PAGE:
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Ove Kvavik studied at the Malmö Academy of the Arts and the Academy of Fine Arts, Trondheim. His work has been exhibited in solo and group exhibitions in Norway and internationally, including at Sørlandets Kunstmuseum (NO), Kunstnernes hus (NO), Akershus Kunstsenter (NO) and Northen Gallery of Contemporary Arts (UK). His work is held in collections including among others; Sørlandets Kunstmuseum, DLA Piper and NRK (the Norwegian Broadcasting Corporation).

Ove Kvavik in conversation with Nicholas John Jones about Essence of the Beaten for Praksis Oslo

N: Your work Essence of the Beaten consists of a series of historic black-and-white photographs showing boxers on the ropes - captured at a critical moment during their defeat. Their opponents and the other figures in each scene have been edited out. What are you seeking in these works, and how did you arrive at the concept?

O: When I watched the World Cup in 2006 and saw England beaten in the quarterfinals, I was struck by the TV spectacle of adult sportsmen, supposed archetypes of tough masculinity, sitting down and crying their eyes out. Sports images that feature in the press and on TV usually show either the winners, or the contrast between winners and losers, but at that moment the producers chose to zoom in on the tearful, defeated England players. Because this was the first World Cup to be televised in high definition the producers were able to show the players' reactions in unprecedented detail. Maybe they were motivated by Schadenfreude - taking pleasure in the pain of others - but in actuality these images of defeated humans struck me as beautiful; they resembled ancient sculptures or actors in a Greek tragedy.

N: Is the erasure of information significant to you in itself, or simply a part of a process - if indeed that is what you see yourself doing? Other projects by you feature your own photographs - for example, shots of defeated boxers who have just left the ring. But here you’ve chosen to transform pre-existing photographs, which potentially takes the work in a different direction.

O: Maybe it’s a bit like selecting a ready-made - taking something from its original setting and placing it somewhere unexpected - and on that basis I would say that erasure is just a part of the process. I’ve always thought of art more as about discovery than creation, so if the image I’m looking for doesn’t already exist in another image, I have to take my own.

N: This issue of PRAKSIS Presents; Push it real good! focuses on the social dynamics of power relationships and the ways those are reflected in, and maybe cemented by, human bodily expression. What do you think we can learn from your work’s focus on the “losers” rather than the “winners”?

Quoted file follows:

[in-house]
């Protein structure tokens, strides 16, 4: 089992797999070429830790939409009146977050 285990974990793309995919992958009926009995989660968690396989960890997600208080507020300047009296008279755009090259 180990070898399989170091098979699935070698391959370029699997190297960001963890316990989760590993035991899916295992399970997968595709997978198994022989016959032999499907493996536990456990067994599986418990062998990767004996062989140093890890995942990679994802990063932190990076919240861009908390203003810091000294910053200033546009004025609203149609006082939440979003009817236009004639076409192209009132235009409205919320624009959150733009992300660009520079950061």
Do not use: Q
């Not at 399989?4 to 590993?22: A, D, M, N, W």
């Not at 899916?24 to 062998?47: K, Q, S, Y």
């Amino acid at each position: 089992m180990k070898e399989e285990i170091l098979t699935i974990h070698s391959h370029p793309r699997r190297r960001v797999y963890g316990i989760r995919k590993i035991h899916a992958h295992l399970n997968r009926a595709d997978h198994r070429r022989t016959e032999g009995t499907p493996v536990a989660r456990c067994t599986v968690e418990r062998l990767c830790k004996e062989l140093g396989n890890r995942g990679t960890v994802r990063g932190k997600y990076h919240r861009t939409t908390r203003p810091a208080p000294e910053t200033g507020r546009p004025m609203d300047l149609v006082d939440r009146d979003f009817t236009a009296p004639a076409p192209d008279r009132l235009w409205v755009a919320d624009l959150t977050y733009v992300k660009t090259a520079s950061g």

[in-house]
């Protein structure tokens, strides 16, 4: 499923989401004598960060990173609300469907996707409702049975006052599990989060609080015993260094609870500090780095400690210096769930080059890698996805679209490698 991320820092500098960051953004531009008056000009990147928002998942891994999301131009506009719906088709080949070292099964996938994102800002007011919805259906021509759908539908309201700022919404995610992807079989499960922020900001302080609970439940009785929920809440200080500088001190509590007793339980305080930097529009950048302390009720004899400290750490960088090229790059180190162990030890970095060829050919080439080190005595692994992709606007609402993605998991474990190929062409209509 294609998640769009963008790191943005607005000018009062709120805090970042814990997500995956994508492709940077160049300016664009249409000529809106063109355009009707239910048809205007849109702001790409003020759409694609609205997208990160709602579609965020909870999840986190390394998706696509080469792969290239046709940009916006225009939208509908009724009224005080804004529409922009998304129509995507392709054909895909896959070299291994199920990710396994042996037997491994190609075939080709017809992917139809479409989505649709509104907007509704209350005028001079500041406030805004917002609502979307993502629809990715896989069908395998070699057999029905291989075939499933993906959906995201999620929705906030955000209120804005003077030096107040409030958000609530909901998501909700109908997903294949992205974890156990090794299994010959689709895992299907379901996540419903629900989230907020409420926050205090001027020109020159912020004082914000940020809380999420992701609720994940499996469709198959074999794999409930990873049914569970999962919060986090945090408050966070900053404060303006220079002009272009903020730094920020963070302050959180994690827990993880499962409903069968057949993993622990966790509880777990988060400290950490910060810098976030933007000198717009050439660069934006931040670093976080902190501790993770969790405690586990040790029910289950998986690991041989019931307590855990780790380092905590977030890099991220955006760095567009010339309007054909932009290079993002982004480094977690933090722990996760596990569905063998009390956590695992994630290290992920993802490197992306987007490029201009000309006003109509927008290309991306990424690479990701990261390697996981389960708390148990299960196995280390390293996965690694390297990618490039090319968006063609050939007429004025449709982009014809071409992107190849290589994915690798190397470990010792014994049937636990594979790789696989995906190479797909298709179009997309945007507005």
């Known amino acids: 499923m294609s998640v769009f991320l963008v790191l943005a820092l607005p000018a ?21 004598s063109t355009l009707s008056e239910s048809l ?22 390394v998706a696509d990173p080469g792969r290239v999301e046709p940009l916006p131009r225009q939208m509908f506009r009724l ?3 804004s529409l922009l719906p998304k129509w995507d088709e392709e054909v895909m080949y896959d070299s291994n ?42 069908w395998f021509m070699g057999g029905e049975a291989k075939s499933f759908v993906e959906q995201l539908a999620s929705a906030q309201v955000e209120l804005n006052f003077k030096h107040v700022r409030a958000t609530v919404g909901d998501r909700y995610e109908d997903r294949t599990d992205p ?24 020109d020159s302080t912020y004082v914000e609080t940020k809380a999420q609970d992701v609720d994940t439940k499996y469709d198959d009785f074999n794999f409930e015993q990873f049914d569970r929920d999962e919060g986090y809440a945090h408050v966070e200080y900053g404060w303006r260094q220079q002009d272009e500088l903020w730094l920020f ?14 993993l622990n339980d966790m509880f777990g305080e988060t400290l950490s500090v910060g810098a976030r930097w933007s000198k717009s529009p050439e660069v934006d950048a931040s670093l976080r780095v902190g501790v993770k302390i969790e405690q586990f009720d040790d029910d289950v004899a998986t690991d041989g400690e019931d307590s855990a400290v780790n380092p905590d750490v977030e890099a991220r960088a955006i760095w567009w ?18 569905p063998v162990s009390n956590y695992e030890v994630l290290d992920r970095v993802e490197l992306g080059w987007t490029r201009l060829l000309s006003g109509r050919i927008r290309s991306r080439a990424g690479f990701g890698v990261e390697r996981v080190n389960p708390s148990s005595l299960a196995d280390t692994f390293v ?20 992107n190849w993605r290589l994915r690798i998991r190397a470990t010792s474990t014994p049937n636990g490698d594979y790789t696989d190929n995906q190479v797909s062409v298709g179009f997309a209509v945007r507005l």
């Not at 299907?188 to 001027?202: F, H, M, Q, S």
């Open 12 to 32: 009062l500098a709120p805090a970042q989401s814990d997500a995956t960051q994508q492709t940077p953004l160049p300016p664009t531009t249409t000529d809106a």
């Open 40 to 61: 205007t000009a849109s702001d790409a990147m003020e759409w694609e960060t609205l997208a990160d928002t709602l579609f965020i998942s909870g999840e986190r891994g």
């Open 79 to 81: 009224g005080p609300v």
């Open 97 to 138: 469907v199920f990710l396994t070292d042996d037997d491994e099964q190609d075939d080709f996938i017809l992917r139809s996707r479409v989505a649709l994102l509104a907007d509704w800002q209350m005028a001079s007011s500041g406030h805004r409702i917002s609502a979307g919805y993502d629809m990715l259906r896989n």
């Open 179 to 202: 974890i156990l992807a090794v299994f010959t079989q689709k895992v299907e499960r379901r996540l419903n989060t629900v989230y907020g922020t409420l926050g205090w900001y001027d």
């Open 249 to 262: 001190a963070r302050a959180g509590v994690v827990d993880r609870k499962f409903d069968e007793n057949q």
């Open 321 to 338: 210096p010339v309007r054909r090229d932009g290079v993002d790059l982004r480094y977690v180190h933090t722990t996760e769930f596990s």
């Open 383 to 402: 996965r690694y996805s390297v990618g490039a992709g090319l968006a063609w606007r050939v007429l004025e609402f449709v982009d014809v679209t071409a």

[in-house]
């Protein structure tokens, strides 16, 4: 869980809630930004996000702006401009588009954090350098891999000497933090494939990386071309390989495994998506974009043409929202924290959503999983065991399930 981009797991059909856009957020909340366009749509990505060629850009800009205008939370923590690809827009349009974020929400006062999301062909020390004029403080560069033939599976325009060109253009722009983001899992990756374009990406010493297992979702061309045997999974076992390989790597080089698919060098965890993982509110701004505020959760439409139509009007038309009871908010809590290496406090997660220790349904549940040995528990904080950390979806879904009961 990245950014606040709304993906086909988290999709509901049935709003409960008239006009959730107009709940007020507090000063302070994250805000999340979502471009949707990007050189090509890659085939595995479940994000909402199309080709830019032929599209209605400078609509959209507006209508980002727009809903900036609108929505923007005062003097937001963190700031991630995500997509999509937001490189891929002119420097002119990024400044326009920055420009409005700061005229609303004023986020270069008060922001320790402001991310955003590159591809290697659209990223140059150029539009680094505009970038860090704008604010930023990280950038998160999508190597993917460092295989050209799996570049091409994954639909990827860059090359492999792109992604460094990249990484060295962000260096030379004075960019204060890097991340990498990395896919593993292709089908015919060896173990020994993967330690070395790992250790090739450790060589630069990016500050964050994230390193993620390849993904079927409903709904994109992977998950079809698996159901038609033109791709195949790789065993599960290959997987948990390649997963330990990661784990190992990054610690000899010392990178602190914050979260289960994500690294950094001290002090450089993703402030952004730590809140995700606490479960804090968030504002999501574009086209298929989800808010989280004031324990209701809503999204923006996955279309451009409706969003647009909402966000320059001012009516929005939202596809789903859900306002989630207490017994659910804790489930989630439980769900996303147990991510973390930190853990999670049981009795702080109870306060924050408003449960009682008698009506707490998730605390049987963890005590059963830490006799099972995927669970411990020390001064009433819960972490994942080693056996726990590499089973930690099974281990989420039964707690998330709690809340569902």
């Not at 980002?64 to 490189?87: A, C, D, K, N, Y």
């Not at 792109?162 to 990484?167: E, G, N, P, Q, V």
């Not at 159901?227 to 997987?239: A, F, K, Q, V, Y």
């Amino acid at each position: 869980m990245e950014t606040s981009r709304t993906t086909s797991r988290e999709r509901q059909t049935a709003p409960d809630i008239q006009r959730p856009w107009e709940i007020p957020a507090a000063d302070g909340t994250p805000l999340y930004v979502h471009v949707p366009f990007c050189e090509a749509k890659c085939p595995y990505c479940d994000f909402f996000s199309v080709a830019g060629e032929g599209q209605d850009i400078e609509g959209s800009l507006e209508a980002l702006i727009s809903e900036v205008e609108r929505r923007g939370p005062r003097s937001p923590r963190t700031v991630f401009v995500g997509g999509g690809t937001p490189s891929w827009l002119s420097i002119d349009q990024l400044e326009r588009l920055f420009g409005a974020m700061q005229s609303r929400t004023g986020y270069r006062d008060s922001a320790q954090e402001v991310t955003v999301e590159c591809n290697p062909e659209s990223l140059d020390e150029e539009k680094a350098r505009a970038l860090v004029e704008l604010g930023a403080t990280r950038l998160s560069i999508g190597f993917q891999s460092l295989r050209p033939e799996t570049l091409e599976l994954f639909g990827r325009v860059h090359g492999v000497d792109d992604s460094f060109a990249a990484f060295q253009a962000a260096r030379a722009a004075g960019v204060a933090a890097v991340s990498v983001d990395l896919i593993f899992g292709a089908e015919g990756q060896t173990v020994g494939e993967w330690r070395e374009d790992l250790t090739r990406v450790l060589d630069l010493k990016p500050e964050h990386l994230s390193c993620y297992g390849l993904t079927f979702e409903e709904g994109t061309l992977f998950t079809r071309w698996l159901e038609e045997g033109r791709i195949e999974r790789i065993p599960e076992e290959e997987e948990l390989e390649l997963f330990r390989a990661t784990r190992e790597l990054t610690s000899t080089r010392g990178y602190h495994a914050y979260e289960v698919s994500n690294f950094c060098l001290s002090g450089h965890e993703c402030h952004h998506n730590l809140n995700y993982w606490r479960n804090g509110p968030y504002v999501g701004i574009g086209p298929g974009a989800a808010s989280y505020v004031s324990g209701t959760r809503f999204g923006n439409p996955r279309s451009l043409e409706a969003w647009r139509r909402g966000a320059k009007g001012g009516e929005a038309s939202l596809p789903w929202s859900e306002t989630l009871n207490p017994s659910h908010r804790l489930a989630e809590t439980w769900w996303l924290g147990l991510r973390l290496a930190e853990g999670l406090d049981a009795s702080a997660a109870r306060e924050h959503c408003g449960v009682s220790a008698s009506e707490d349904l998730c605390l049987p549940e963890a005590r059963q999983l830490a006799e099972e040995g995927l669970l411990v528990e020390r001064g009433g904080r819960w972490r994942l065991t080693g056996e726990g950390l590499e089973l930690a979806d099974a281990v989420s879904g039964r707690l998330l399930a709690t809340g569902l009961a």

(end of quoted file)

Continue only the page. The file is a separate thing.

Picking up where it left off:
O: In his 1955 book The Space of Literature Maurice Blanchot interprets the story of Orpheus and Eurydice as an allegory of art’s creation through loss. When Orpheus looks back and loses Eurydice forever, poetry and the ballad are born, and maybe this parallels the biblical story about the fall from grace. What makes us human is that we err; it defines us - but here I’m not invoking some trite self-help message along the lines of “failure is good because it teaches you to succeed”. To accept failure as something that can stand on its own is both horrible and beautiful at the same time. It’s an ancient wisdom that you find in mythology and legends such as Oedipus Rex or the Book of Job, but seldom in the contemporary world, which is driven by ideologies of success and self-promotion. So to answer your question, looking at things from the position of the loser might teach us something fundamental about what it means to be human.

N: The feelings we have at the critical moment when we fail to achieve something that we’ve striven incredibly hard for can be incredibly powerful. That rush of emotion from anxiety into crushing disappointment is something practically everyone can relate to, but there is also often a kind of relief and a desire to forget and move on. You direct our attention to a highly conflicted experience - and arguably intensify it by excluding the champion and other distractions from the human image of the supposed “loser”.

O: I think the image of the champion can provoke an equally strong and complex emotional reaction, but of course its affects are quite different. In my work Un-Titled (2008) I took portraits of both winners and losers, alone, thirty seconds after their boxing matches ended. Some of the winners look self assured or even aggressive, while the losers are full of self-reflection and humility. By stripping away the dichotomy of values that is assumed in sports and news media it’s possible to discern a dignified beauty in the moment and act of losing.